News and updates from the continent

Clean energy meets inclusive development

Clean energy meets inclusive development

Jun 5, 2015

From the new Africa Progress Report, released today, 5 June 2015: Graca Machel, founder of the Graca Machel Trust, comments: “The information in report will shock you, but it will give indications of what can be done and that will give you hope.”

She points out that, at the rate we are currently providing electricity, it will take until 2080 to reach every Africa. “None of us will be here,” she says. “And we cannot take the risk of leaving to future generations what we have the capacity to do now.

“We need to examine the risks and opportunities and seize the opportunities.”

A lot is being spoken about industrialisation on the continent, about accelerating the building infrastructure of all kinds, about expanding health and education.

“It is clear that the energy sector has to be the engine of all this,” says Machel. “Clearly we have to increase our capacity to provide energy to citizens and to industry.”

She adds that Africa is rich in energy-generating resources. “What are the steps we are taking to make the right choices to develop energy without increasing the risks to people and the planet?”

This year, 2015, is a an important one in energy circles, with a number of international meetings set to agree sustainability goals and emission goals.

“This year we are going to make huge commitments for how, in the next three decades and beyond, we will do the right things in an accelerated way.

“Yes, we use the natural resources we have such as gas and mineral resources to accelerate the provision of energy to people. But we need to use clean and renewable energy.

“As a continent we have contributed the smallest part of carbon emissions, so we didn’t cause the problems, but Africa has a responsibility to take the lead in proving that you can develop with clean and renewable energy.

“We have the opportunity to make those choices; and we challenge governments to have clear plans on balancing the provision of energy using the resources we have, but predicated on clean and renewable energy.”

Machel believes 2015 will be the year of big decisions and a bold approach to development. “It is the year in which we have to accept that we don’t have a choice. Climate change is with us and we need to counter its effects and its impact on people. It is not a question of whether we like it or not; we have to take responsibility.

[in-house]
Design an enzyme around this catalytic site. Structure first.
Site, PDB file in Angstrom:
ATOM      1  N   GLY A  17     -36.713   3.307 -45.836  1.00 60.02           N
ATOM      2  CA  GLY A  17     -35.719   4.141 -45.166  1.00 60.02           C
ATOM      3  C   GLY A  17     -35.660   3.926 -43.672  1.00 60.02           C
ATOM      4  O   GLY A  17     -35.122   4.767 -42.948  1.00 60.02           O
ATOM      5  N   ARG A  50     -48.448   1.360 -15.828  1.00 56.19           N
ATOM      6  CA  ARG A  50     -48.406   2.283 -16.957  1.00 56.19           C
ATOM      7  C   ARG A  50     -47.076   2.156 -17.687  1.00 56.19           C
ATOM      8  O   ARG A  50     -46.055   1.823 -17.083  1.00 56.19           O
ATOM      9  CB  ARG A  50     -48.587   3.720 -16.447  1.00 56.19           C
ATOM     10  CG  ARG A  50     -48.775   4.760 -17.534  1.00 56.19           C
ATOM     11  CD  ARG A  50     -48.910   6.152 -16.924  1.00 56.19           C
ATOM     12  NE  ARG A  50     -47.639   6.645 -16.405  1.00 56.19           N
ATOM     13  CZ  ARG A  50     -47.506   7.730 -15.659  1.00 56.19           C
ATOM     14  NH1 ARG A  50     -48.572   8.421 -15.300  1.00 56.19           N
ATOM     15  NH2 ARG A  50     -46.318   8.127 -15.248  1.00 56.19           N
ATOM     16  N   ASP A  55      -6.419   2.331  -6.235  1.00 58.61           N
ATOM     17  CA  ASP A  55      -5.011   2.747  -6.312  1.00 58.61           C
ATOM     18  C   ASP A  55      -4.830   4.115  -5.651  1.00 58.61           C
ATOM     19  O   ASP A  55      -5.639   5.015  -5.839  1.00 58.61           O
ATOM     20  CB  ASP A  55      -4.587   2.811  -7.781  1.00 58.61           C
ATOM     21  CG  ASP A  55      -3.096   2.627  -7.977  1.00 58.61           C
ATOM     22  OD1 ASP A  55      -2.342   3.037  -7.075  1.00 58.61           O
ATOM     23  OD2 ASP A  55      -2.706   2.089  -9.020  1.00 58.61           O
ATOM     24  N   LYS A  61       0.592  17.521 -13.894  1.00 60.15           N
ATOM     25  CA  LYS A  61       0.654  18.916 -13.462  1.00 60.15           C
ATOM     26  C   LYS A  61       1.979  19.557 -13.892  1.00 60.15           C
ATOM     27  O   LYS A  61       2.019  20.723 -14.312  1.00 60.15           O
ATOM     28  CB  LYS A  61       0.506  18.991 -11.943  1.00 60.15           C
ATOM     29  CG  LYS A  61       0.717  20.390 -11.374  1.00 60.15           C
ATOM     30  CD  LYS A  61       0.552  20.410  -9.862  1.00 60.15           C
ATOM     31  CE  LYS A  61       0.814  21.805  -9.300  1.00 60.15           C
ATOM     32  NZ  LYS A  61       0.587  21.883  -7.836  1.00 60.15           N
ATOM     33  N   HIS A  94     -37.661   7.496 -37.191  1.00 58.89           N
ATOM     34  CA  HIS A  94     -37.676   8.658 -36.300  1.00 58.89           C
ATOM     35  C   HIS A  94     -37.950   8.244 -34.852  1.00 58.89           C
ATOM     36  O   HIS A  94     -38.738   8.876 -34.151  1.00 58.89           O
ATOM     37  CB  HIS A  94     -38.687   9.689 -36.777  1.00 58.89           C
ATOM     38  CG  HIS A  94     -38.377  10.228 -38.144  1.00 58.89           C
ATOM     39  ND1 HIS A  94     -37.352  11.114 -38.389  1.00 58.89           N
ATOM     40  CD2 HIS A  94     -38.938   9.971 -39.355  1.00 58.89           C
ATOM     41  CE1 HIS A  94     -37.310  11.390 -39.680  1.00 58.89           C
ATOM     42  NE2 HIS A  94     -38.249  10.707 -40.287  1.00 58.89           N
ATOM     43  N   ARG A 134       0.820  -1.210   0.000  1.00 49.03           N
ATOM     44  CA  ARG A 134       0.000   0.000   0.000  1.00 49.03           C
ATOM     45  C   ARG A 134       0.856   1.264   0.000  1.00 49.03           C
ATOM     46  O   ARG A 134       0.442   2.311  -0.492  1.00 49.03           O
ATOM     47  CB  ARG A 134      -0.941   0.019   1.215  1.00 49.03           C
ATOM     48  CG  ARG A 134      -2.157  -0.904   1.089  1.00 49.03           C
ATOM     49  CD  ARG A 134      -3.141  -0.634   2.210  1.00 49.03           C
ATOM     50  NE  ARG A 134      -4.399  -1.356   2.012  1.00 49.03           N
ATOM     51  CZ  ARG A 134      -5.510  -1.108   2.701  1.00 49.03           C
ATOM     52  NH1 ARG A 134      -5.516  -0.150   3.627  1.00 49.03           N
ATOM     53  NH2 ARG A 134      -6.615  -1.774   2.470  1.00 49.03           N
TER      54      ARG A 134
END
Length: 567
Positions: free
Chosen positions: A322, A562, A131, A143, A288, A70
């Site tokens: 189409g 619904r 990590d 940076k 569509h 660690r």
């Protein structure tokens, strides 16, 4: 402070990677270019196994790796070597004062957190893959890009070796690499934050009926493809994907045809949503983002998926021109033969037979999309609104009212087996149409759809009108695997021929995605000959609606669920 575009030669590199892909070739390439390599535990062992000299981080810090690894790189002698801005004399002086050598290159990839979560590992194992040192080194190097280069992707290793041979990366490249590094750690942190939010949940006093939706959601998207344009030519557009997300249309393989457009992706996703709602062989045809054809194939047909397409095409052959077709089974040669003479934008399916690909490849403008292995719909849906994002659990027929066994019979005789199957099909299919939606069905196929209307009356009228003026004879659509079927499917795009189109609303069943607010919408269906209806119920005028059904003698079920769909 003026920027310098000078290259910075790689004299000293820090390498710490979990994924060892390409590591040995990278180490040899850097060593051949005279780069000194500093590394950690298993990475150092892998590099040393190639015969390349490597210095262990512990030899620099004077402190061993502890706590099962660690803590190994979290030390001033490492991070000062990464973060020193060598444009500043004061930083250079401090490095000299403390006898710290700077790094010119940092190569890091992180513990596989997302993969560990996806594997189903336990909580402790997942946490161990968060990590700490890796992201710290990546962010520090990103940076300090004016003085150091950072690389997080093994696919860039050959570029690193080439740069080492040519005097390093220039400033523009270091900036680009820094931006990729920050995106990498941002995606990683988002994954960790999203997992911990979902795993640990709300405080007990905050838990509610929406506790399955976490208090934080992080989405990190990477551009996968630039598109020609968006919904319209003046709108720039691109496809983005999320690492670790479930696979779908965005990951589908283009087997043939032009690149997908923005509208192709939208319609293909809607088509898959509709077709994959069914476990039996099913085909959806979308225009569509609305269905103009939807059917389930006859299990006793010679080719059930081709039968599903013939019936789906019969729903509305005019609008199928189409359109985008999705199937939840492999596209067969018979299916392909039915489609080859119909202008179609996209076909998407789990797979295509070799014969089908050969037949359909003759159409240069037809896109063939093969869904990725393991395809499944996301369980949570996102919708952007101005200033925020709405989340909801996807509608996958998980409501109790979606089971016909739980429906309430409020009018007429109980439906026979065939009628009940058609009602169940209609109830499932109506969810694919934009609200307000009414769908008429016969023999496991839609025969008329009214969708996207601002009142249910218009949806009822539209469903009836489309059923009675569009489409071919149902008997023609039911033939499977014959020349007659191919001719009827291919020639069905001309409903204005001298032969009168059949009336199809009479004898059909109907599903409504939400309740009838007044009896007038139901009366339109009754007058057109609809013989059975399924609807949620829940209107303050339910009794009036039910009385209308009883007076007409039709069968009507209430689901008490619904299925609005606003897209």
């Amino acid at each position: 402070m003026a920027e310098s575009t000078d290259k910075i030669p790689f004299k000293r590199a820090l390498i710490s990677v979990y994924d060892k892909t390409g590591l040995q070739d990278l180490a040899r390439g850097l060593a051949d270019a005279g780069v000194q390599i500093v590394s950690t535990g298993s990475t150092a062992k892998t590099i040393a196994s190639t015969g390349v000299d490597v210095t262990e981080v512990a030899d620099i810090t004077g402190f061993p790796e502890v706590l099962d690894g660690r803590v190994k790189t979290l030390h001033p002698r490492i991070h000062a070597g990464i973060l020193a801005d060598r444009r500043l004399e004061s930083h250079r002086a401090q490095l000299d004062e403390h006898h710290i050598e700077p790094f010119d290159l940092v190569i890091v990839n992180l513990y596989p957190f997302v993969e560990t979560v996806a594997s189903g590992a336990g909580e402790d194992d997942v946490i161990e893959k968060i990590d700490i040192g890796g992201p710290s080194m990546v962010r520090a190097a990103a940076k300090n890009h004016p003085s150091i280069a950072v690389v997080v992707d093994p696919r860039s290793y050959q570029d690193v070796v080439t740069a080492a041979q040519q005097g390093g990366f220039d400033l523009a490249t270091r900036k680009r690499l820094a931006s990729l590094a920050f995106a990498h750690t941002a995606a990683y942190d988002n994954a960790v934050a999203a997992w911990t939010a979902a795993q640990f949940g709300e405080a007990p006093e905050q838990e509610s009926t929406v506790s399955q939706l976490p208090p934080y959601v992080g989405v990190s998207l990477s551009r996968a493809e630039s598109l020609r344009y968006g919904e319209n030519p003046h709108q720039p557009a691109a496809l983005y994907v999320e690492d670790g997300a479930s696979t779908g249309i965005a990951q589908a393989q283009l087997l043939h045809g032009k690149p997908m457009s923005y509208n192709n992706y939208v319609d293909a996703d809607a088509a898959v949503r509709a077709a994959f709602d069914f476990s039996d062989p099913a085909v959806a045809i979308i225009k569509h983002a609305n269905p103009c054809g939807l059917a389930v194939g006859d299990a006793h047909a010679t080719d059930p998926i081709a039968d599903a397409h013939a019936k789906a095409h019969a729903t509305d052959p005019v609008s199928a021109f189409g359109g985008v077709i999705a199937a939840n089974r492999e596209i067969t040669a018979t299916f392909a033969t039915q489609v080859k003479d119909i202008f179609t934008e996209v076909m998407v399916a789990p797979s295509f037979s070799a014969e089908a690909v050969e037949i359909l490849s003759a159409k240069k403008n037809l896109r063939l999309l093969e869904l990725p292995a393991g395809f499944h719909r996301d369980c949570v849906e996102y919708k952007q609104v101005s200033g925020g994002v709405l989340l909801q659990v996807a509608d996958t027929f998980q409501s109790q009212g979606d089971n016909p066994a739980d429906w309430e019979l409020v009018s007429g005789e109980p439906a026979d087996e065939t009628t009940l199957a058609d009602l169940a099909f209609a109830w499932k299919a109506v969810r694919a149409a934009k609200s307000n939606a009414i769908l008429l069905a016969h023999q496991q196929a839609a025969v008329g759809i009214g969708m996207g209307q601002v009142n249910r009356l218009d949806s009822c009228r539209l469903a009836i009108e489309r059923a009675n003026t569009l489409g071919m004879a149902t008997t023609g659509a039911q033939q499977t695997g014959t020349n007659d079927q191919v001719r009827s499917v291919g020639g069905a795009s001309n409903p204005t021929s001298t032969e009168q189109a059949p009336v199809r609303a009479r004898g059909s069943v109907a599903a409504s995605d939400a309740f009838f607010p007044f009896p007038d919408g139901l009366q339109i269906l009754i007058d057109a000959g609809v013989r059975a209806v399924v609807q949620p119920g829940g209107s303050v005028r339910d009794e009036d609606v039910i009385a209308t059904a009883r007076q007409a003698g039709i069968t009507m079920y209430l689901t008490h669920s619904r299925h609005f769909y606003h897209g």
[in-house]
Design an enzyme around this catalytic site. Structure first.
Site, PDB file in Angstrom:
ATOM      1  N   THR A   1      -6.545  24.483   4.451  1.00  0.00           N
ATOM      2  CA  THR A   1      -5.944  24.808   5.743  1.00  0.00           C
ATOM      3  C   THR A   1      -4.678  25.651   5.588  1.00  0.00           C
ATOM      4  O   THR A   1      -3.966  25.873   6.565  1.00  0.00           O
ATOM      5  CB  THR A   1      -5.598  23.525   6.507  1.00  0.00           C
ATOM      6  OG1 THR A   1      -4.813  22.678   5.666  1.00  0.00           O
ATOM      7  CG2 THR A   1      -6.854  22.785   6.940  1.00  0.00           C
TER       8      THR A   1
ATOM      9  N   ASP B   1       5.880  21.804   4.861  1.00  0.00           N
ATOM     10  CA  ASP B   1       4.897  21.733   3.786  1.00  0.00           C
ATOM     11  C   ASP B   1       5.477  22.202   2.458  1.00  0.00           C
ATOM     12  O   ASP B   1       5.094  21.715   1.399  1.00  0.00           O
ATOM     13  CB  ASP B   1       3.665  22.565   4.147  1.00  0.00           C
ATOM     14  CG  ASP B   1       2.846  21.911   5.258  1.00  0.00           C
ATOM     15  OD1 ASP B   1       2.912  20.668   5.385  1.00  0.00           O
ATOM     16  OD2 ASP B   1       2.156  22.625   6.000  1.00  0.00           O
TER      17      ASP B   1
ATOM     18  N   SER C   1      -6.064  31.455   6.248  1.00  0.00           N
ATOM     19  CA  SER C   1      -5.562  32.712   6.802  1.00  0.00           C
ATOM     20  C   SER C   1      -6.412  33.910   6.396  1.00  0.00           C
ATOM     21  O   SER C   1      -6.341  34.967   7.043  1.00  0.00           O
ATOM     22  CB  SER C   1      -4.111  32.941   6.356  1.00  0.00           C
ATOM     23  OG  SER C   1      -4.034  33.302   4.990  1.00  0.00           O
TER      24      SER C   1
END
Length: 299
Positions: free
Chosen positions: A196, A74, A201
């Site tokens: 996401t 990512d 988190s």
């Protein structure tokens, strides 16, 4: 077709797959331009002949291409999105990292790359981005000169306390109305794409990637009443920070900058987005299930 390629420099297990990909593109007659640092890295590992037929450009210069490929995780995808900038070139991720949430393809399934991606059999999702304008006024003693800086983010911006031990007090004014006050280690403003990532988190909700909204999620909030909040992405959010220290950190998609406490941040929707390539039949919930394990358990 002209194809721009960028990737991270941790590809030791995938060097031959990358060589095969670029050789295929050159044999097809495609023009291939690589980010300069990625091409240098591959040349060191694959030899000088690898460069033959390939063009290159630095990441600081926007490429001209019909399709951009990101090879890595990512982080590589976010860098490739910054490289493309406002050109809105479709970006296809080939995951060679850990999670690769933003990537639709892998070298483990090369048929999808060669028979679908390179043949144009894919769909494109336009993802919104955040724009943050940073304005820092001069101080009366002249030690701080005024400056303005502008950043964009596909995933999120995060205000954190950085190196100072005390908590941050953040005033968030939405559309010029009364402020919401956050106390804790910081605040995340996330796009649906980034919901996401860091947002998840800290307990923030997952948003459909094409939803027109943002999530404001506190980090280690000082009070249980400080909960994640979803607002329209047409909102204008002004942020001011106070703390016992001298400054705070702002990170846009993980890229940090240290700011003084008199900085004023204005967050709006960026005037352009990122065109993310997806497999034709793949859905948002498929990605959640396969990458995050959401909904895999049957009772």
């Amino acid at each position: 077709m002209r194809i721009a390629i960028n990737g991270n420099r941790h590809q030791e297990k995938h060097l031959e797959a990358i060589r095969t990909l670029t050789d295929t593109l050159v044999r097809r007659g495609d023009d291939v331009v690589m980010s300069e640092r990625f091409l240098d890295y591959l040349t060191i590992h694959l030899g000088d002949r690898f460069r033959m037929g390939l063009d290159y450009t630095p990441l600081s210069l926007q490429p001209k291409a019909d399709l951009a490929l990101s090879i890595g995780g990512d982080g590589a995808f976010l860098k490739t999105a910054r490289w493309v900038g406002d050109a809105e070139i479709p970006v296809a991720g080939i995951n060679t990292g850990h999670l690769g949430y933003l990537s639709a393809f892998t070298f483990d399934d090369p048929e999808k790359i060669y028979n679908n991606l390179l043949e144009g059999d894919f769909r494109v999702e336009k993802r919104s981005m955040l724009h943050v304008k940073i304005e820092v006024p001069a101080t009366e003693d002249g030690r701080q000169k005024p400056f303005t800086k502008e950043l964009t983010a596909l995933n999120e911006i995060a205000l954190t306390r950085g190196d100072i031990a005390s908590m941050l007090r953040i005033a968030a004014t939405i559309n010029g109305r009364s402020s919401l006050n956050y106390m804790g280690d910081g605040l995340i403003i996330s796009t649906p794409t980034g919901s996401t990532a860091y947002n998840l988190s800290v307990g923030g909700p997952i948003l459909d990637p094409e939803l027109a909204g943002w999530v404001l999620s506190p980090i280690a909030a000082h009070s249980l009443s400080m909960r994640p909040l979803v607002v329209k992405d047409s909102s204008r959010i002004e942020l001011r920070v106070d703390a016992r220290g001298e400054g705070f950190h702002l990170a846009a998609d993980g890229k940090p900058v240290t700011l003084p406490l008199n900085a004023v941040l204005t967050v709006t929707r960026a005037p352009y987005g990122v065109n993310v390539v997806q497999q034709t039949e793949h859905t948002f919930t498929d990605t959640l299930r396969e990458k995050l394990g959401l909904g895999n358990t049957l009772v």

“If we don’t want to have the droughts, floods, refugees and women suffering to get fuel and water, we don’t have  choice. Failure to change the way we do business is almost suicide for us.”

Trevor Manuel, the author of South Africa’s National Development Plan, urges leaders to take cognisance of the report. “The fact that we will only be able to electrify Africa by 2080 is unacceptable; we cannot leave our people behind like that.

“In the context of clean energy, we need to leapfrog the rest of the world.”

Manuel would not be drawn on the issue of nuclear, saying on that there is a variety of different options that include renewables and nuclear.

He points out, however, that Germany as an example has begun the decommissioning of its nuclear plants and plans to decommission its coal plants as well in favour of renewable energy.

The Africa Progress Report, “Power, People, Planet: Seizing Africa’s Energy and Climate Opportunities”, stresses that Africa does not have to choose between economic growth and low carbon development, but that bold action needs to be taken to ensure it moves on the path of clean energy.

It calls for a 10-fold increase in power generation to provide all Africans with access to electricity by 2030. This would reduce poverty and inequality, boost growth, and provide the climate leadership that is sorely missing at the international level.

“We categorically reject the idea that Africa has to choose between growth and low-carbon development,” says Kofi Annan, chair of the Africa Progress Panel. “Africa needs to utilise all of its energy assets in the short term, while building the foundations for a competitive, low-carbon energy infrastructure.”

In sub-Saharan Africa, 621 million people lack access to electricity – and this number is rising. Excluding South Africa, which generates half the region’s electricity, Sub-Saharan Africa uses less electricity than Spain. It would take the average Tanzanian eight years to use as much electricity as an average American consumes in a single month. And over the course of one year someone boiling a kettle twice a day in the UK uses five times more electricity than an Ethiopian consumes over the same year.

Power shortages diminish the region’s growth by 2% to 4% a year, holding back efforts to create jobs and reduce poverty. Despite a decade of growth, the power generation gap between Africa and other regions is widening. Nigeria is an oil exporting superpower, but 95-million of the country’s citizens rely on wood, charcoal and straw for energy.